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The Nuances of Leasing Commercial Spaces for Banks and Financial Institutions

28 May 2021

Are you thinking of leasing your property to a bank?

As per the Banking Regulation Act of 1949, the Reserve Bank of India (RBI) provides incentives for banks looking to open branches in underbanked areas of the country. Based on this, banks search for properties that assist their expansion plans and help fulfil these requirements. An individual who is in possession of a property they wish to lease, may do so to a bank that needs a premises in the same locality.

Leasing property to banks is governed by a few common guidelines. For instance, a bank wanting to rent a space must first issue a public notice, usually a newspaper advertisement, inviting tenders for it. Any interested party then requires to respond to this notice as per the procedure described. The bid is made in two parts: The Technical Bid, consisting of all the property information, from a detailed site plan and dimensioned floor plan to the legal documents regarding the ownership. This bid must also contain the Terms & Conditions acceptable to the owner and the notice inviting tender.


The Price Bid is reserved for all financial related matters like monthly rent, taxes, etc. Properties can also be promoted on online property portals, through the classifieds in newspapers, magazines or real estate supplements. This will help to get the word out, especially if your space satisfies the requirements of an institution.


The challenges


The technicalities of leasing a property to a financial institution requires some in-depth knowledge of, not only real-estate aspects, but also the nature of business that the institution is involved in and how that may impact the rent and interest values on it.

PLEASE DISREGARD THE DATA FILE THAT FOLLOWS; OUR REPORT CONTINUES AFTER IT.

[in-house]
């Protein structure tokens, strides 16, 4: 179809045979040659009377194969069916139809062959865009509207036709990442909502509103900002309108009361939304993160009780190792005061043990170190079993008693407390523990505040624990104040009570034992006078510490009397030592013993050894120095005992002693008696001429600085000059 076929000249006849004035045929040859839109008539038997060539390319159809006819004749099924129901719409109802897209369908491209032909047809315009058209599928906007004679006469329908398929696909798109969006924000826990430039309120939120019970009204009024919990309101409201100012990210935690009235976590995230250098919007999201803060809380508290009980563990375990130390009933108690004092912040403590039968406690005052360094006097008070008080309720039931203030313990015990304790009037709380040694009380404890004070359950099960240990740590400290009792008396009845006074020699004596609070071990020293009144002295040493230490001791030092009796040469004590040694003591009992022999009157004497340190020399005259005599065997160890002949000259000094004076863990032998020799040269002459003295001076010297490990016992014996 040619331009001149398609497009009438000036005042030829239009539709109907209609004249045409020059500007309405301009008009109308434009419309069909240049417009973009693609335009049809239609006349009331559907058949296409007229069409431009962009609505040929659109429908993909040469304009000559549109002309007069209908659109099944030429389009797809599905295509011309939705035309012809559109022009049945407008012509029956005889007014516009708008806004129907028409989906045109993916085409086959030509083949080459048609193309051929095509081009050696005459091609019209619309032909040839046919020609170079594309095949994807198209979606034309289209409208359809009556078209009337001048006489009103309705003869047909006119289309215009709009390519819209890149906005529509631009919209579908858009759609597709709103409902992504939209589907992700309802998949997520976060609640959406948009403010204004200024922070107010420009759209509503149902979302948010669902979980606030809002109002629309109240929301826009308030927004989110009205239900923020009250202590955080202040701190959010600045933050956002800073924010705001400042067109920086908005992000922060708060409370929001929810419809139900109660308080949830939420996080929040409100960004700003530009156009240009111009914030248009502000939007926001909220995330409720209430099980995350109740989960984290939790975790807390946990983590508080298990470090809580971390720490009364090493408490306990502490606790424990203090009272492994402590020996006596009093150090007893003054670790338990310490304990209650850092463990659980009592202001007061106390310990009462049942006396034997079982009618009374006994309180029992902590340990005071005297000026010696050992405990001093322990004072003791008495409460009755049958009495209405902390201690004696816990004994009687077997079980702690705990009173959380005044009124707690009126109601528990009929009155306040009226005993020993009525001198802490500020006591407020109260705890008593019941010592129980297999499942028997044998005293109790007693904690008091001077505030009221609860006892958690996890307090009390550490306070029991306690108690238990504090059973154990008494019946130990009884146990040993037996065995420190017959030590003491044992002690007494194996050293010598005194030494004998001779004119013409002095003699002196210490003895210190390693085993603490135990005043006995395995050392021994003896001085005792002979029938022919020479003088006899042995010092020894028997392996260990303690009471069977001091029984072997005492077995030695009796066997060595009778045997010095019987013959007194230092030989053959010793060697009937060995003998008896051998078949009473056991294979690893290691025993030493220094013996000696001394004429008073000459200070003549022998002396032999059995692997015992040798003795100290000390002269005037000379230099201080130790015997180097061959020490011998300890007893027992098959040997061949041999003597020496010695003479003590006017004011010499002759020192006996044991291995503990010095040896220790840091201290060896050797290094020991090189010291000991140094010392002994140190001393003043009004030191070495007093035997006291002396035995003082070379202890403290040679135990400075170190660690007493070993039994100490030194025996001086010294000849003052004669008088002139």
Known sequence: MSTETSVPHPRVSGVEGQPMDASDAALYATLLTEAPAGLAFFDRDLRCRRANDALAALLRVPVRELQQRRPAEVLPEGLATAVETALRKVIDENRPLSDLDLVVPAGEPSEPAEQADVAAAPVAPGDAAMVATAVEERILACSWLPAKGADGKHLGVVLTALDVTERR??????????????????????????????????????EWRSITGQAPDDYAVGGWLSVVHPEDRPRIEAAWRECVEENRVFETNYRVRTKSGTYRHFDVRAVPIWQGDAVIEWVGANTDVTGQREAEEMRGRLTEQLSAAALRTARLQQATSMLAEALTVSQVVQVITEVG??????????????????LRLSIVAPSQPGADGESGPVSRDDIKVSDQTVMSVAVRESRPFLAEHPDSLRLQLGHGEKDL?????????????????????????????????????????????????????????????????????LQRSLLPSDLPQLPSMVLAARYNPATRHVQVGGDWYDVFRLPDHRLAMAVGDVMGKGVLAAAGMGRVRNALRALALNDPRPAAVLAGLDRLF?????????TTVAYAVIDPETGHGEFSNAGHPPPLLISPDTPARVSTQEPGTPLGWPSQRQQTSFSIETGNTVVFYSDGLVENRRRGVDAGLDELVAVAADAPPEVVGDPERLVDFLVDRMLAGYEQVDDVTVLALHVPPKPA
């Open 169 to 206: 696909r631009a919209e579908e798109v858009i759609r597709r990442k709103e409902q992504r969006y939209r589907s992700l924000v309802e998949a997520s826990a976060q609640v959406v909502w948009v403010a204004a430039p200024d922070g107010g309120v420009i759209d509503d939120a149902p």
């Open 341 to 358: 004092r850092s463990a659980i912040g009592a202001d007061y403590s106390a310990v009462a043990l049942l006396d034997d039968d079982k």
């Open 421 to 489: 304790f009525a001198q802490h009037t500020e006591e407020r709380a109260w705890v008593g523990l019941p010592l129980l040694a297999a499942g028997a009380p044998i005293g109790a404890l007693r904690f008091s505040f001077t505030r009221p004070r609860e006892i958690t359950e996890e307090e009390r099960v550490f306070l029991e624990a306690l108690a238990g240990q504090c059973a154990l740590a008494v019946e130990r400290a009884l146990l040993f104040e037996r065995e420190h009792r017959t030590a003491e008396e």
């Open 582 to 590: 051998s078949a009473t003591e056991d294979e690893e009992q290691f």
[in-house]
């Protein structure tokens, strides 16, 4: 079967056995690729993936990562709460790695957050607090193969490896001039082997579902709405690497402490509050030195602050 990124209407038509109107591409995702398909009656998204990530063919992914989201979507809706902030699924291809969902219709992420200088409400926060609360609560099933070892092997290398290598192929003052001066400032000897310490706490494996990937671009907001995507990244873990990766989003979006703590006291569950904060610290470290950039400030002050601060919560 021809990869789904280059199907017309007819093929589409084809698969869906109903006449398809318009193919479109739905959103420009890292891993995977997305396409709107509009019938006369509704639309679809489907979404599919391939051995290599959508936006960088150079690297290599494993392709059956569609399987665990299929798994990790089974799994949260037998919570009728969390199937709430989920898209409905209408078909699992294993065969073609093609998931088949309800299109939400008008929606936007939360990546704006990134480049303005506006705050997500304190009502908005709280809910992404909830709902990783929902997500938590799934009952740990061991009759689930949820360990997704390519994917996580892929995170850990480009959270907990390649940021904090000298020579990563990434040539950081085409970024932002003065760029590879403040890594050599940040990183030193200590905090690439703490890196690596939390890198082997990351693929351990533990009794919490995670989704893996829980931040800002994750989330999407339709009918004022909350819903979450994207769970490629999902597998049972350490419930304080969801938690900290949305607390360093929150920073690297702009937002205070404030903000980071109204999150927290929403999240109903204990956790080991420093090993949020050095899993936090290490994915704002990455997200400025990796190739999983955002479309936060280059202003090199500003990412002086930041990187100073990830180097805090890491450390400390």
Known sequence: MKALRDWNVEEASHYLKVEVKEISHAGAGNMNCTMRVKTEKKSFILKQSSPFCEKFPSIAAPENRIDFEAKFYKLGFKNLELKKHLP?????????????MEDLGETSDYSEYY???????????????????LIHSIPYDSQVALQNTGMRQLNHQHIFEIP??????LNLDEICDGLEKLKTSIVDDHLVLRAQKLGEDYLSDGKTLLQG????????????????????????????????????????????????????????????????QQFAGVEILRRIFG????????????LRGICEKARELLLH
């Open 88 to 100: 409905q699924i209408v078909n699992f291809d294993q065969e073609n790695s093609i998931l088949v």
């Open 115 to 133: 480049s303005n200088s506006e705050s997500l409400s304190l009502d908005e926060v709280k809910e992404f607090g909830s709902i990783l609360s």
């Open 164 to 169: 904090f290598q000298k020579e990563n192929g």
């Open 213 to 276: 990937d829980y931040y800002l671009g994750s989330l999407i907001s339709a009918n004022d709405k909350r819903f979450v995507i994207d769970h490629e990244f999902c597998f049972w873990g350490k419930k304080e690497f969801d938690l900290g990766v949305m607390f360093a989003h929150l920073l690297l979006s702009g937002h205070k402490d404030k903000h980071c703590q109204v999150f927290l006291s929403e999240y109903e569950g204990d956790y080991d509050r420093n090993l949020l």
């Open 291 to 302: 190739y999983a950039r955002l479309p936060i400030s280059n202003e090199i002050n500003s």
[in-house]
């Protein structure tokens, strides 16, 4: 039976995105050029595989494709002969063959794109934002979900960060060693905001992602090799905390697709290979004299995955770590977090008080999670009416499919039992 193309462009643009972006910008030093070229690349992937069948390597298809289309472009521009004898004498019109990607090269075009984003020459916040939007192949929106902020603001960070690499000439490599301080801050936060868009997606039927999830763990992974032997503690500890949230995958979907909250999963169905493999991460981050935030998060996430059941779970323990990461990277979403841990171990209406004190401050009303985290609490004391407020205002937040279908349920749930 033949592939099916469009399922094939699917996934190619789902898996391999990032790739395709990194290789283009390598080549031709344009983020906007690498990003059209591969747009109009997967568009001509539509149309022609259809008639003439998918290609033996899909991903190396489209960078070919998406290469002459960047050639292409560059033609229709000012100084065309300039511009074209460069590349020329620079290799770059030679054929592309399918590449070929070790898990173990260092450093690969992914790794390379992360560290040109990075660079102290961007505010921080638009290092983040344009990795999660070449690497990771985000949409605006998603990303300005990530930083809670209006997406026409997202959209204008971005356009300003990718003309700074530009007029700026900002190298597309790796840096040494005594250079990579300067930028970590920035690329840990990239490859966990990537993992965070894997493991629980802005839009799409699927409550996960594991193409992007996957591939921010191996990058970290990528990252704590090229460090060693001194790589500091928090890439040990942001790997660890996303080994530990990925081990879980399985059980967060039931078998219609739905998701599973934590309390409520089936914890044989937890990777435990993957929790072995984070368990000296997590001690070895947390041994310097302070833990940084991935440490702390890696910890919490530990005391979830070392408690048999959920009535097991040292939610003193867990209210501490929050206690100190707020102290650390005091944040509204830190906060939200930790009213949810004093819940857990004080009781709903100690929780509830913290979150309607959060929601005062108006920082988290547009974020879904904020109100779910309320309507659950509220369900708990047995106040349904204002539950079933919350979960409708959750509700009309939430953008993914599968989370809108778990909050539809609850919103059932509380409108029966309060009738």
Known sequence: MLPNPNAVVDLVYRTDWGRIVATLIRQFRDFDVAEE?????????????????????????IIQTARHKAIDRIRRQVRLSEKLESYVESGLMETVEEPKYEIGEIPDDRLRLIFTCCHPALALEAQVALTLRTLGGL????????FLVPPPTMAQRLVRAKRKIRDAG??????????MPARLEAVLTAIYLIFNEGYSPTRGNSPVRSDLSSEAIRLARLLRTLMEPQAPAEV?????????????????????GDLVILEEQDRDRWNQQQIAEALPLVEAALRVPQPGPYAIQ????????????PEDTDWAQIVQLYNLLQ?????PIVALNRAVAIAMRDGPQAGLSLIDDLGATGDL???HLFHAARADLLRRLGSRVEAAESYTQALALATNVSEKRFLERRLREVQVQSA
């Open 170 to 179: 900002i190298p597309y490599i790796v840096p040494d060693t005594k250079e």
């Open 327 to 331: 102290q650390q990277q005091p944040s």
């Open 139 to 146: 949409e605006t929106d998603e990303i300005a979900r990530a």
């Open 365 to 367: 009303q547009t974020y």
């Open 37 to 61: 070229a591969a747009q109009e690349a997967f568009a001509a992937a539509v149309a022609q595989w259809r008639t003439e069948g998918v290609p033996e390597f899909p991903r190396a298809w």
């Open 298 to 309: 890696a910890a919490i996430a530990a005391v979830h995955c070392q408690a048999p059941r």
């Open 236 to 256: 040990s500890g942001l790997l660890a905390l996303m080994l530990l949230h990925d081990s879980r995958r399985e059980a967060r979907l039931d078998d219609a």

At the same time, banks and financial institutions have unique requirements that don’t always make it easy to procure the right office space. In most cases long term leases are sought, usually no less than 5 years.

A ground floor property with road access is always preferred and sufficient parking provisions need to be available. Banks also require the construction of ‘strong rooms’ as per standards set by the RBI.


A fitting response to these challenges for both the lessor and the lessee, would be to introduce a commercial real estate partner. An intermediate body that understands its client’s existing and future requirements, can assure quality in every deal and prove to be mutually beneficial. Some of the ways in which a real estate partner can help are:


  • Sourcing of properties as per requirements

  • Ensuring that the premises satisfies all legal requirements

  • Registering the agreement

  • Handling negotiations with property owners and supervising their scope of work before hand over

  • Evaluating rent and renewal policies


While renting a property may be commonplace, in some sectors it poses more aspects for consideration than others. For banks and financial institutions, concerns extend beyond finding a good location. By partnering with experienced real estate professionals who can identify and communicate with potential lessors, the opportunities to find the right office spaces are multiplied.

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